Never Take Our Natural World For Granted
As a journalist writing about climate change and the environment, I spend a lot of time thinking about nature and humanity’s relationship to it: what we have done to our planet, what we still can do to save it from being utterly transformed.
Last November, I traveled to Maine for a story I was reporting for The Atlantic about efforts underway in Maine to make connections between businesses in the state and those in Arctic countries. Some elected officials, policymakers and business people are looking at the far north as a new market for goods today, but they are also making a long-term play for the opportunities that may come as our climate continues to change and the world continues to warm: when Arctic sea ice has melted, and ships can pass over the North Pole between Asia, Europe and North America; when Greenland’s permafrost thaws, and its rich current of metals and other precious materials can be mined; when this last spot of wilderness is open to greater human involvement.
That story–about the loss of certain natural features we take for granted, and what some people might gain from the now-inevitable changes to our planet–was interesting and complicated, but not exactly what I want to write about today.
While I was in Maine, I went to visit Peter Rand, an independent oyster farmer who grows oysters on several small floating docks where the New Meadows River meets Casco Bay, on land where his grandfather had built a small hunting and fishing cabin in the first half of the last century.
The day I visited was New England at its peak – bright and cold and crisp; a perfect fall day that threatens to suddenly snap into winter. Peter was leaving the oysters to hibernate for the winter, but he had harvested some that morning, and I got to try one: it tasted like ocean in the best possible way. As we stood on the docks watching the fishing boats pass up and down the clean, clear river before heading out to sea, I felt momentarily connected to a world far from my own; I felt that I had stepped into nature.
Then, Peter told me that there were more and more oyster farmers in Maine, many of whom used to work as commercial fishermen but could no longer support themselves that way. Cod fishing in the Gulf of Maine has been strictly regulated for years, but the cod population still hasn’t recovered from overfishing, and climate change is making recovery more difficult; the shrimp fishery was closed in 2014 and will stay closed through at least 2021; the herring fishery, important to Maine’s economy since herring are lobsters’ favorite bait, is on the verge of collapse.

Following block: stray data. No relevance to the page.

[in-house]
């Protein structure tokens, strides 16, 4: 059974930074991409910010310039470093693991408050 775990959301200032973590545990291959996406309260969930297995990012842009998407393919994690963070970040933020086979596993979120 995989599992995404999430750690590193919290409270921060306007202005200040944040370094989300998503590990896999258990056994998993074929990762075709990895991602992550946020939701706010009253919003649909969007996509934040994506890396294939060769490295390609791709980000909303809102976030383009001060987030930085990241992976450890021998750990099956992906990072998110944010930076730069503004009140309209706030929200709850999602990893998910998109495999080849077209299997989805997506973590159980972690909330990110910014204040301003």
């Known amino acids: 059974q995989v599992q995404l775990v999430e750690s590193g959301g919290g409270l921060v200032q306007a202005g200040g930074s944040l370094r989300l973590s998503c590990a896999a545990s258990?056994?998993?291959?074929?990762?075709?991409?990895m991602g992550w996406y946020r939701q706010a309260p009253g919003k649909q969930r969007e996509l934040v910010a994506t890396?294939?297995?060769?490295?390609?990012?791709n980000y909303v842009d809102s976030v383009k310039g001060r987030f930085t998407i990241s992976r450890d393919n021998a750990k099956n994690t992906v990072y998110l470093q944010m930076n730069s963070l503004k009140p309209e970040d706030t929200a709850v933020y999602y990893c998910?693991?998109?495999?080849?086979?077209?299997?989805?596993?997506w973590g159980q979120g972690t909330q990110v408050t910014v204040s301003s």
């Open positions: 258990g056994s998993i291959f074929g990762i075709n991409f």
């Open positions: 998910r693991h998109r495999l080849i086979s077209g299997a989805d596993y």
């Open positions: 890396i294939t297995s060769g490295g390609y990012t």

Any illusions I had been quietly harboring about a world unspoiled quickly disappeared. Even here, in a place that felt so far away, where nature lends certain things–like oysters or spring water–their value, nothing can be separated from the exploitation and damage being done to the planet somewhere else. It made me realize that no corner of the earth is untouched by human action, and that our indifference to nature and to its limits threatens not only the things we take for granted, but also our very existence on this planet.
We have pushed the planet towards a breaking point, unconsciously sacrificing the future to meet what we think we need today. In the name of convenience or profit, we’ve created a world where we consume because we can, without paying much attention to our waste and the problems it creates. We imagine that what we do in New York or California or China or France has nothing to do with what happens in Maine, as if our actions are not connected, as if we are not members of the same species, as if we don’t live on one planet with one ocean and one atmosphere, one Arctic and one Antarctic.
As if it’s not our only home.
Tatiana Celia Kennedy Schlossberg was a reporter for “The New York Times” covering climate change and has also written for “The Atlantic.” Her new book “Inconspicuous Consumption: The Environmental Impact You Don’t Know You Have” comes out August 27th. Pre-order here.
This essay was featured in the Aug. 4th edition of The Sunday Paper. The Sunday Paper inspires hearts and minds to rise above the noise. To get The Sunday Paper delivered to your inbox each Sunday morning for free, click here to subscribe.